AN: EJ343780
AU: Ryan, -Kevin
TI: The New Moral Education
JN: Phi-Delta-Kappan; v68 n4 p228-33 Nov 1986

AB: Traces the history of moral education from the ethics-laden forties and fifties through the value-neutral sixties and seventies to the late eighties focus on character, socialization, and culture. Offers a blueprint for future ethical instruction based on example, explanation, exhortation, environment, and experience.

The New Moral Education

By Kevin Ryan

Faddism is the bane of American education. Although our educational history is filled with triumphs, such as universal education and the education of the mentally and physically handicapped, our schools have lurched in recent years from one unfulfilled promise of a panacea to another. Programmed instruction, new math, and open education are but a few examples. Faddism has influenced the manner in which the schools have gone about the moral education of children, as well. But the shifts and turnings in moral education have been less evident than some of the other radical changes in course.

Moral education is what the schools do to help the young become ethically mature adults, capable of moral thought and action. Very little of the moral education that inevitably occurs in the schools is formally recorded in lesson plans, curriculum guides, or behavioral objectives. Many aspects of moral education are part of the hidden curriculum, instead. And, though there are no "Moral Aptitude Test" scores to verify this fact, students do learn. They develop conceptions of what being a good person entails. They learn what their obligations are (if any) to the group and to the larger society. They acquire a sense of their rights as individuals. In other words, moral education has a certain inevitability about it.

But the how and the what of moral education have changed over the years. This point can be illustrated by a brief examination of three periods in U.S. history: 1) the Forties and Fifties, 2) the Sixties and Seventies, and 3) the first half of the Eighties.

The Forties and Fifties. These decades brought World War II, the Korean War, and the Cold War. They also brought vast cultural change, spawned by steady economic growth and increased leisure time. A baby boom and the rapid growth of the suburbs caused the educational system to grow significantly.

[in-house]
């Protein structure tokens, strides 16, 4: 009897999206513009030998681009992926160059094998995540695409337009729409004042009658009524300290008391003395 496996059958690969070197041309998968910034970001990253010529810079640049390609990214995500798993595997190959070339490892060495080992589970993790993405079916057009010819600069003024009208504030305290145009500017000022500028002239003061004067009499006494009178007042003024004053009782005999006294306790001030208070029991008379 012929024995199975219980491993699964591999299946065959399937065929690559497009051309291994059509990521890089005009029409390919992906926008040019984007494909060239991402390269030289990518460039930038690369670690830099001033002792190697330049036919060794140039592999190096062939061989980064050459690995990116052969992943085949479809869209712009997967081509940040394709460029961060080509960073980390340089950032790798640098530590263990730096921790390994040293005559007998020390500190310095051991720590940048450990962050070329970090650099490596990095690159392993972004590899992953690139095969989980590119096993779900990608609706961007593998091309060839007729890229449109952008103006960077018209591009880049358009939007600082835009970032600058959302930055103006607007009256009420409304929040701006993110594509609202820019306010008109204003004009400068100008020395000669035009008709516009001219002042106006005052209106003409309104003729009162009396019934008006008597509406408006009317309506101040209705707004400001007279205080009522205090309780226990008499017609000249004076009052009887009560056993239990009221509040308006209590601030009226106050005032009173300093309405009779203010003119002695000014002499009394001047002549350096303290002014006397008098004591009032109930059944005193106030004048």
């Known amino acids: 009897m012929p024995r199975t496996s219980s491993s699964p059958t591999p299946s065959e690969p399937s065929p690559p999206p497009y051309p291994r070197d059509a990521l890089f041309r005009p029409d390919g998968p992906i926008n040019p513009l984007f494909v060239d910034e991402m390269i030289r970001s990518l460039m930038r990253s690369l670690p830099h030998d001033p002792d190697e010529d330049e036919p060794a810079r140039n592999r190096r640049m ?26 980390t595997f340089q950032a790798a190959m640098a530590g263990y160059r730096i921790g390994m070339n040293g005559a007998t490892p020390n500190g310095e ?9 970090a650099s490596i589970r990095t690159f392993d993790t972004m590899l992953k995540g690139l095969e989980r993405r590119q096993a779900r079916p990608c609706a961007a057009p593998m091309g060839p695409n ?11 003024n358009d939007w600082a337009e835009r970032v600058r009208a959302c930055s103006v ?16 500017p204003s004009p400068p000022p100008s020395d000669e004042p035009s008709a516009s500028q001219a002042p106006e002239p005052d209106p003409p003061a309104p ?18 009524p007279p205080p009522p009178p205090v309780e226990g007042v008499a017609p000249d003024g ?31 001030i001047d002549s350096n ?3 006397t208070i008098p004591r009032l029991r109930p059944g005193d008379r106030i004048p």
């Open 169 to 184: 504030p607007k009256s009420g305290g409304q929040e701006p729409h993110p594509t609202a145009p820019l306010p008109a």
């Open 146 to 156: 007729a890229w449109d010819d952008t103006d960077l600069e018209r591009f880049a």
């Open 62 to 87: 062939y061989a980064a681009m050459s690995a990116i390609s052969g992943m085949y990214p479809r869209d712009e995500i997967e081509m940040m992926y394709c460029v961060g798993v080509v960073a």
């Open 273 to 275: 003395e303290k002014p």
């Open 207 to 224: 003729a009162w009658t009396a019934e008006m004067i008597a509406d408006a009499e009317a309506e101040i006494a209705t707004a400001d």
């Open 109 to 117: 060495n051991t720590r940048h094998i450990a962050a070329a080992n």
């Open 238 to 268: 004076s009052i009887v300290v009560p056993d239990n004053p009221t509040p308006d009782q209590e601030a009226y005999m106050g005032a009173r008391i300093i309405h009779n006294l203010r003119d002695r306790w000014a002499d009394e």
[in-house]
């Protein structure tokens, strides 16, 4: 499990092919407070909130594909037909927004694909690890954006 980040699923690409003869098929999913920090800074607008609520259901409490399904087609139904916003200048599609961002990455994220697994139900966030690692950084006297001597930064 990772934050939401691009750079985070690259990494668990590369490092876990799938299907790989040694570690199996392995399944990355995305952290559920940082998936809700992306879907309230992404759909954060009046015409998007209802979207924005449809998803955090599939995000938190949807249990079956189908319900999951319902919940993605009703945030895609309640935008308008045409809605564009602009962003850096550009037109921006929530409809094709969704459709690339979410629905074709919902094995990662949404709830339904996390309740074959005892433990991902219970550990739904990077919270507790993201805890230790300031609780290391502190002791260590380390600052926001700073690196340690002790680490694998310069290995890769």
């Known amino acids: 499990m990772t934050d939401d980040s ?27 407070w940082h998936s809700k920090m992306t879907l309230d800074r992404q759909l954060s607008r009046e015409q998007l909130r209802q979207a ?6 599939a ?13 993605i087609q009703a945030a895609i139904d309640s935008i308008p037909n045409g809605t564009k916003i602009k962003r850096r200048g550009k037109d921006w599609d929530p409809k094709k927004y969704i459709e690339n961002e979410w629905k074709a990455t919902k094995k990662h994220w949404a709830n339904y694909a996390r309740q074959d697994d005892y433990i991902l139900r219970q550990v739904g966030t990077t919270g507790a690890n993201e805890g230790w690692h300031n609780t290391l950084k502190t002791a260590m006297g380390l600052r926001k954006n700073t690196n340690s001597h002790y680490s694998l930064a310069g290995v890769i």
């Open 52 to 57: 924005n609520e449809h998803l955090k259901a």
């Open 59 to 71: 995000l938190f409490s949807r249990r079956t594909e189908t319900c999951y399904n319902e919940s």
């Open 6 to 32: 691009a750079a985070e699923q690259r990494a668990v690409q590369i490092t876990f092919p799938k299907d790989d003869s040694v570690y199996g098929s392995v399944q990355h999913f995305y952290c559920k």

However, moral education did not change substantially. The schools were still expected to reflect the best values of their communities, and they generally did so. America and the democratic way were taught as the last great hope of a world threatened by an aggressive godless communism. Students respected President Roosevelt, Truman, and Eisenhower; they also respected their principals and teachers, because these adults represented the local community. They were there in loco parentis. Schooling was a gift that had strings attached; it was a limited right. If one did the work and followed the rules, one stayed. But a student who could not or would not follow the rules either walked out or was pushed out. There were injustices in the system, but they were considered the exceptions.

The moral education of children proceeded much as it always had. Students learned to follow such rules as setting disputes with words, not fists. The cultural values of hard work and love of country were strongly endorsed in stories as diverse as "The Three Little Pigs" and "The Man Without a Country," and they received emotional reinforcement through such rituals and pageantry as the honor roll, American Legion citizenship awards, and Thanksgiving assemblies. Meanwhile, teachers preached. Without self-consciousness, they told students (from kindergartners through high school seniors) what they - and, presumably, the right-thinking majority of the community - knew to be the correct way to live. They told the young what was right and what was wrong because, as teachers, they were expected to do so. The role of the teacher as moral educator was rarely easy or simple, but it was relatively clear.

The Sixties and Seventies. The 1960s started with a burst of idealism. John F. Kennedy challenged the nation's youth, "Ask not what your country can so for you, but what you can do for your country." The Peace Corps and, later the Teacher Corps gave young people two means by which to meet the President's challenge. Almost simultaneously with the assassination of Kennedy, however, the situation in the schools began to change. The average Scholastic Aptitude Test score peaked at 980 in 1963 and then dropped for 18 straight years. Meanwhile, school vandalism, violent crimes by students, and teacher absenteeism began to rise sharply.